So, that is the problem with being proud of things that are hypothetical, mythical, and most important, open to manipulation. And, if one looks closely, most of the affiliations that we are proud of are not the ones chosen by us — it is usually, only out of luck, destiny, etc, that we become part of most of the above communities — country, religion, language, etc., are all determined by circumstances of our birth. Even other things like one’s profession, alma mater, city to live in – are not chosen with complete knowledge of what it would be like to be a part of that (community). You want your college, for instance to be considered good, not because you thought and still think it is good, but because YOU graduated from it. If your college is (considered) good, you are (a) good (student), if not, you are bad.
I would thus conclude that:
Communalism is a form of mass hypocrisy only to stoke our individual egos.
But, what is the remedy to this all? I was not here to answer all this, may be this was just one of the pet musings, and consequent constant peeve that I hold against many for making this world less beautiful a place to live in than it is possible. But then I would still like to state that the answer to this misery is:
To be satisfied with what one is, not be desperate to convince others and even oneself that we are relevant, and influential. It is important to enjoy life — we all get to live it only once, rather than waste it in trying to prove our points that simply do not exist.
Everyone needs to question themselves is there any point in being proud of a community that they never got a chance to CHOOSE consciously? Okay, if one is proud of one’s friends for what they are and obviously, for CHOOSING them, it might be justified to an extent. But, what is important in judging affiliations of any kind is to not lose one’s OBJECTIVITY. That is the most important thing. If I never concede that the governance of my country needs improvement so as to make every one happier, I would never really think of improving where there is a margin to.
Also, when one gets too obsessed with their communities their OWN life gets neglected. Is it difficult to understand that all those who resort to violence to prove a (communal) point, apart from harming others, are wasting their OWN lives? Who will be able to explain this to them?
I think, the solution, if at all there is one, cannot be implemented in one generation. It will have to start from our education-system. It is important to recognize the individual talents of every student, to make them feel worthy of what they are. Then only would they grow up to be confident adults, and not insecure individuals who would want to bask in communal glory rather than their own individual worth. Then only would they learn that it is they themselves and their present that matters, and not mythological past of their community, or hypothetical (nonexistent) deeds that their deity had come to be associated with. If you read a nice poem written in your mother-tongue, is it necessary to feel PROUD of it and its poet? Is it not more important to enjoy its beauty and feel happy and lucky to have read in this one given lifetime? This way one would be equally happy on reading a poem written in some other language or by some other author.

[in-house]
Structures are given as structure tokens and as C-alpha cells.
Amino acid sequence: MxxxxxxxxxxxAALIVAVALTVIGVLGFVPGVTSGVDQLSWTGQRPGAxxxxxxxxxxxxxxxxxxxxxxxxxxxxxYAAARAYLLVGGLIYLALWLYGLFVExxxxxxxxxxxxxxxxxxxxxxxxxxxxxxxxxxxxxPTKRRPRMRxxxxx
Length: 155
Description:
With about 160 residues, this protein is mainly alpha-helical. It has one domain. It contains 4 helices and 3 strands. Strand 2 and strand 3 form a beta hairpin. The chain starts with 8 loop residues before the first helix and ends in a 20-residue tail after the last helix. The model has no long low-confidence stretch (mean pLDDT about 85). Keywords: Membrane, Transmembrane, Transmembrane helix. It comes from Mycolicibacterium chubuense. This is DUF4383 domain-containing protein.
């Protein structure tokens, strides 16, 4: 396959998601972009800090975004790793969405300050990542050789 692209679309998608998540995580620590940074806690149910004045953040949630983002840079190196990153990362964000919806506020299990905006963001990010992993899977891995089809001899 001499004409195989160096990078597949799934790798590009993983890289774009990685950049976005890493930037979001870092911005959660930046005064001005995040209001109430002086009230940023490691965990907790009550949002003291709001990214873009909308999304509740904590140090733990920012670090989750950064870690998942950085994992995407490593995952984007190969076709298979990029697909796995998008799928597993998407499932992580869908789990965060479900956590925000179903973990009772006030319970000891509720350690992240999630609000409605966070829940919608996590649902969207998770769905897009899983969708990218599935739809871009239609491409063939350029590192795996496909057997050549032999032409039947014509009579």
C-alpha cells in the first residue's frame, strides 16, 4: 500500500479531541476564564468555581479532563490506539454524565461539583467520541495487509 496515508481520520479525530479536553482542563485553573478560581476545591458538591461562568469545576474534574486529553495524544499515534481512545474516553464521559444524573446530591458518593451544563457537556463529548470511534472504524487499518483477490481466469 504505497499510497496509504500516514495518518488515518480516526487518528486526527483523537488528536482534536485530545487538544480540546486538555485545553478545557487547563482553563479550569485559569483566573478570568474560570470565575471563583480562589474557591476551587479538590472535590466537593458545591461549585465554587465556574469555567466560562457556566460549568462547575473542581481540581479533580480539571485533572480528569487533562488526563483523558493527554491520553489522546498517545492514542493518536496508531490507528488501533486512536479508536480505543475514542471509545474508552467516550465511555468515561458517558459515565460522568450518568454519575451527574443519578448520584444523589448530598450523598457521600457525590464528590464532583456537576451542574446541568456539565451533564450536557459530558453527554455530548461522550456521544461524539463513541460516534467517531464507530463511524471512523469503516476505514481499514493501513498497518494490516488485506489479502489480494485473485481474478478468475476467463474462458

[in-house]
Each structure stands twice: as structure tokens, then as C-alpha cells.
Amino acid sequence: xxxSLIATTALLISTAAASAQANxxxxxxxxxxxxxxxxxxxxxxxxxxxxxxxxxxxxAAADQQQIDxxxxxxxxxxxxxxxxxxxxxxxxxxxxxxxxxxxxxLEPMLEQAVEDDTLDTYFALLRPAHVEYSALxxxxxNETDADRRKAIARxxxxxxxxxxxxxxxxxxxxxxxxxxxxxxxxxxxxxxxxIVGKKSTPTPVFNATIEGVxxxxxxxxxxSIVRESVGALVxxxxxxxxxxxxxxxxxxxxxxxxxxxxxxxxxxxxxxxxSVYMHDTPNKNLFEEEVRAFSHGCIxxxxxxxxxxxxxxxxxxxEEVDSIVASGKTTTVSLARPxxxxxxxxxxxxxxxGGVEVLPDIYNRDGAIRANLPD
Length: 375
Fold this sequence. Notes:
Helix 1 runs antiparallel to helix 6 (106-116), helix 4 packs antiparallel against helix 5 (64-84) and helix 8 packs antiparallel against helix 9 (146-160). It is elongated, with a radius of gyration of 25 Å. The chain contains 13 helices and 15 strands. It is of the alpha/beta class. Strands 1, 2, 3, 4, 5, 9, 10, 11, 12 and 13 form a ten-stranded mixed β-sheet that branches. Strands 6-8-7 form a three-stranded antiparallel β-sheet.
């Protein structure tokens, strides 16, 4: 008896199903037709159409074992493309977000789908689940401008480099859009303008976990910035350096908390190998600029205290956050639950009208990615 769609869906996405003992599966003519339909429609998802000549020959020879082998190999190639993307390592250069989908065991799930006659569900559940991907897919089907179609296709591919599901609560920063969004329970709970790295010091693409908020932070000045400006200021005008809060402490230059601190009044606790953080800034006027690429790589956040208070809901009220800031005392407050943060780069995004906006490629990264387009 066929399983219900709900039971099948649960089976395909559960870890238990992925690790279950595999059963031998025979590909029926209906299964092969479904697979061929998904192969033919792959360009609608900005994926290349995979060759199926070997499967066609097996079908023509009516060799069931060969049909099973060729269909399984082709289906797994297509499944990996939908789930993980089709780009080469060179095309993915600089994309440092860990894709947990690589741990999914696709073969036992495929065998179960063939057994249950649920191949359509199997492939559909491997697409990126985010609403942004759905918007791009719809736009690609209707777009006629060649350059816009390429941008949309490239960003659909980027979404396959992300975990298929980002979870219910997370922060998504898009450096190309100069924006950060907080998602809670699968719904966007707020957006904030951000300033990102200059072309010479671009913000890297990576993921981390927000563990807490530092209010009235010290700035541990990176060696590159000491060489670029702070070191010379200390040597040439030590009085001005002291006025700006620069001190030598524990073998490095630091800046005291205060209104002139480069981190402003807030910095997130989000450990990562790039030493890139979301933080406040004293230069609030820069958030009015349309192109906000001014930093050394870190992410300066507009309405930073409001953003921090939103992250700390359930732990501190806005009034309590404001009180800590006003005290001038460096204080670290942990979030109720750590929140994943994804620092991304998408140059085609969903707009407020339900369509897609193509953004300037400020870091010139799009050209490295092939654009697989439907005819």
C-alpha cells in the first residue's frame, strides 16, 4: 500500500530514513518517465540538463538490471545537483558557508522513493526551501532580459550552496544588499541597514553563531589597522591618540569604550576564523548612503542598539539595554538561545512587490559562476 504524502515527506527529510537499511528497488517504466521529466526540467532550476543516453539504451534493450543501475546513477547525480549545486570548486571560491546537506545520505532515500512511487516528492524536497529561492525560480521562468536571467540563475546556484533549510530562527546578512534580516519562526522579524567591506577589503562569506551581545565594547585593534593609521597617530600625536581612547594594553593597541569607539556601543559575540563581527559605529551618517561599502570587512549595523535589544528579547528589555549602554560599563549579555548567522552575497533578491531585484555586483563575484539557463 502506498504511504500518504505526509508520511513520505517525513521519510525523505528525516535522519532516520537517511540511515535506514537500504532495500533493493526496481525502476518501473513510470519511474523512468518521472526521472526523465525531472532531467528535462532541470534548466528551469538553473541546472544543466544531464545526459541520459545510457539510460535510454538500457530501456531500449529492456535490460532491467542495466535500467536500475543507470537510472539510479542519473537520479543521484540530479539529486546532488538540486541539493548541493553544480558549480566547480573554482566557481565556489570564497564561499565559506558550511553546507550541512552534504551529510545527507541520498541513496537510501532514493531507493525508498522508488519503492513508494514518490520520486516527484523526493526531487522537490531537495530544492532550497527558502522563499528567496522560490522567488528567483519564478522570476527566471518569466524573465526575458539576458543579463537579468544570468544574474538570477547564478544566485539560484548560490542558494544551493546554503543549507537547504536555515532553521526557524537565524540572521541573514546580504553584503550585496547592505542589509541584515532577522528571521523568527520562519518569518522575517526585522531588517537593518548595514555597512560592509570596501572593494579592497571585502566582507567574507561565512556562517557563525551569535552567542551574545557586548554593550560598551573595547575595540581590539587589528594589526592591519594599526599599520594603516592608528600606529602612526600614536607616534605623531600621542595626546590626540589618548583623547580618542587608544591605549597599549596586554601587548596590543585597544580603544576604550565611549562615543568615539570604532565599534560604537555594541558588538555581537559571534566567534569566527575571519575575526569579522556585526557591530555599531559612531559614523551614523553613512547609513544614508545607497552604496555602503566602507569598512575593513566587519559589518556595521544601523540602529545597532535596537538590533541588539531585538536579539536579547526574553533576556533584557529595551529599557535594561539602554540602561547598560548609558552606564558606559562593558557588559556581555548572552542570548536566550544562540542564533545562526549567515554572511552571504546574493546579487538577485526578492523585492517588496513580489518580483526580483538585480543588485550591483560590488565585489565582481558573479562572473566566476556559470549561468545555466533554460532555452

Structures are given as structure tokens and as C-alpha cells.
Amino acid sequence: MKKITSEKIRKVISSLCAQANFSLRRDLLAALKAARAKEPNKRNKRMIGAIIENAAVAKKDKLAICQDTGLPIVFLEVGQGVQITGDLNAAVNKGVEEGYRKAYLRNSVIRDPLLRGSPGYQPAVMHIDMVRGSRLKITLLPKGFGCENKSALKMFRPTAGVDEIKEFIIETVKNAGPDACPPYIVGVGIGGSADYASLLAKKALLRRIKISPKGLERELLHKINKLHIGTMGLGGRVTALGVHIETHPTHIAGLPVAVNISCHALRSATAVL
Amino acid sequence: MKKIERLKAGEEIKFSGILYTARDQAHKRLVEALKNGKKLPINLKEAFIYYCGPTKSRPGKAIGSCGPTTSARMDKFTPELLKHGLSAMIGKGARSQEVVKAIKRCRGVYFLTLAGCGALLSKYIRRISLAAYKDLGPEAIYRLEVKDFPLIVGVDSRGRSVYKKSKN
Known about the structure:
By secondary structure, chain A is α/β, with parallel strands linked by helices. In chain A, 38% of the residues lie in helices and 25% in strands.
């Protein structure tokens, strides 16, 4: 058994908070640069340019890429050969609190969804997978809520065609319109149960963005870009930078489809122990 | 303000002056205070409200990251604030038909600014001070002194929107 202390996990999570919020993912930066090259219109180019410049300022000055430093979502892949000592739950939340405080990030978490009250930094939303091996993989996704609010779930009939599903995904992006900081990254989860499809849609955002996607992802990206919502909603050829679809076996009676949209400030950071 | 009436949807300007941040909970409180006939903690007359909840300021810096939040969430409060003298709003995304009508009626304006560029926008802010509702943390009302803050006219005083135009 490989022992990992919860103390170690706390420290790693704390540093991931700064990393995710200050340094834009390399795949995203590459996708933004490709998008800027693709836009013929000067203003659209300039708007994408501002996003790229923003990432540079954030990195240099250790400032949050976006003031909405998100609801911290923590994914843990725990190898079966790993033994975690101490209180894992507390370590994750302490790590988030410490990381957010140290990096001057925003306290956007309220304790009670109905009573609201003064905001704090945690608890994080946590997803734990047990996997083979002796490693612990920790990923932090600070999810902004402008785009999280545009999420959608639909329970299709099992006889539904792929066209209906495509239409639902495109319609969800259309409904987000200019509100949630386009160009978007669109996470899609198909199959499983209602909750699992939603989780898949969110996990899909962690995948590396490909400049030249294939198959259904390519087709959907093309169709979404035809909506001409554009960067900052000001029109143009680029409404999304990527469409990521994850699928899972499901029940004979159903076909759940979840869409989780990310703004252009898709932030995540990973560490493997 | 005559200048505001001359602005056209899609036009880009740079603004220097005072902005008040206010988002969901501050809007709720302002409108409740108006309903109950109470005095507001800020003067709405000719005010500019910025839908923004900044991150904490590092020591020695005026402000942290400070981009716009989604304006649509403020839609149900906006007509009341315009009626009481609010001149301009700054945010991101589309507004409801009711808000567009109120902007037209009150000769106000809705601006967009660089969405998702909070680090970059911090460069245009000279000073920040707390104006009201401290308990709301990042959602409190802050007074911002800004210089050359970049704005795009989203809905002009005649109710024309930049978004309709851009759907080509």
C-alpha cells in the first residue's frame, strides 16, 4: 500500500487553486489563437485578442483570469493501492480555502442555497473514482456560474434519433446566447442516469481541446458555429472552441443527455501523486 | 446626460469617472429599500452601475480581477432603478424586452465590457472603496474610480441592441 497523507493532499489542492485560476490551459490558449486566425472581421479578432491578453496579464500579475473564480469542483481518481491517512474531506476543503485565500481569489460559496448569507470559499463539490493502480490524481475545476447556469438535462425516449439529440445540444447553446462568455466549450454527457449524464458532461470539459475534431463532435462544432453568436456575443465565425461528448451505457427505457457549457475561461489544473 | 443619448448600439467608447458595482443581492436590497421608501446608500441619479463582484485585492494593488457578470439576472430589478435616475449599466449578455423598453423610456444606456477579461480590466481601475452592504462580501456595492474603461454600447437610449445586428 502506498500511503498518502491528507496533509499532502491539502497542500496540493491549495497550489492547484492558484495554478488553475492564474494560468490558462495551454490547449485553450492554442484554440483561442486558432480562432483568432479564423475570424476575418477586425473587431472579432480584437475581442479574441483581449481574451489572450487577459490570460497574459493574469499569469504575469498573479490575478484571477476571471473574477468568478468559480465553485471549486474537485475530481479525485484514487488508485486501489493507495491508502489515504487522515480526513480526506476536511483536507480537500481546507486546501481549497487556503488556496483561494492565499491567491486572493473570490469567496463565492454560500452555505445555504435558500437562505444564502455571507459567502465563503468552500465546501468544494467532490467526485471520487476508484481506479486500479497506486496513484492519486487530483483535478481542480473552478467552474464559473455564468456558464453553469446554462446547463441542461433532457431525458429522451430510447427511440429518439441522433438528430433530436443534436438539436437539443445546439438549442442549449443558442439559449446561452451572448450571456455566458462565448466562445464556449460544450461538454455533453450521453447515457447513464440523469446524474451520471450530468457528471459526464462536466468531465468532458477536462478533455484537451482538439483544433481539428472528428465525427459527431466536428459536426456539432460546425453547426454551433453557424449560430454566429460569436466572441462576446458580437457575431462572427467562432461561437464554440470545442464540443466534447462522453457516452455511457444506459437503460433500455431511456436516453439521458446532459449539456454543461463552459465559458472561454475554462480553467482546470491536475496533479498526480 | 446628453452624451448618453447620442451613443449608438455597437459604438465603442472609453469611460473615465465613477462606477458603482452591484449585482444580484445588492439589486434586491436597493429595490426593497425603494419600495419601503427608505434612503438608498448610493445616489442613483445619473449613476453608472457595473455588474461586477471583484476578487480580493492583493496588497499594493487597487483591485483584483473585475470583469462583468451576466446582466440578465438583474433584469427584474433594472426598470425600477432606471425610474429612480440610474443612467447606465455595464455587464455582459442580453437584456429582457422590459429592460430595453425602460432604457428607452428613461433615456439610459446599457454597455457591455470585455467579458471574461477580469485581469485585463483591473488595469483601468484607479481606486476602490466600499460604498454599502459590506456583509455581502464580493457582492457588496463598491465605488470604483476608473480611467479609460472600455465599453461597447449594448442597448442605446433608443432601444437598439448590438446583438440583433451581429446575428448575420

But the the solution though simple in concept, would be hard to actually implement. Firstly, it will have to win the conviction of the present generation, which itself has been brought up to be proud of one affiliation or the other, and by extension, be prejudiced. Secondly, and more obviously, does every single child have access to education, let alone “reformed” education?
Does this mean end of all affiliations? I am not sure. May be, affiliations have their roots in evolution. Most of the physically weak species (animals) would not have survived had it not been for their roaming in herds. Likewise, being part of a certain family/group/tribe, must have helped the human race in surviving the various adversities that they must have faced. And, this cohesion would not have been possible without a feeling of oneness. But, there was a difference — there would be only one (or very few) families and tribes. And, that one tribe would not be placed against the others. But, now of course, things are different. I think today, we need cooperation (between individuals across the globe), and not affiliations that would needlessly pitch one group against the other.
I do not know who or how many people are going to read this, but this is what I have been feeling for quite some time. I just find the whole situation so unfortunate as, as it is so difficult to satisfy the basic human needs (at least for the vast majority of the “developing nations”), and that, to all that this communalism that more often than not fuels fanaticism, nepotism, violence, and so much of totally avoidable harm, compounds the problem. I feel desperate, and helpless about the situation. For, the problem is grave, and, I feel I know the solution, but only if someone (no, in fact the entire human race) would listen…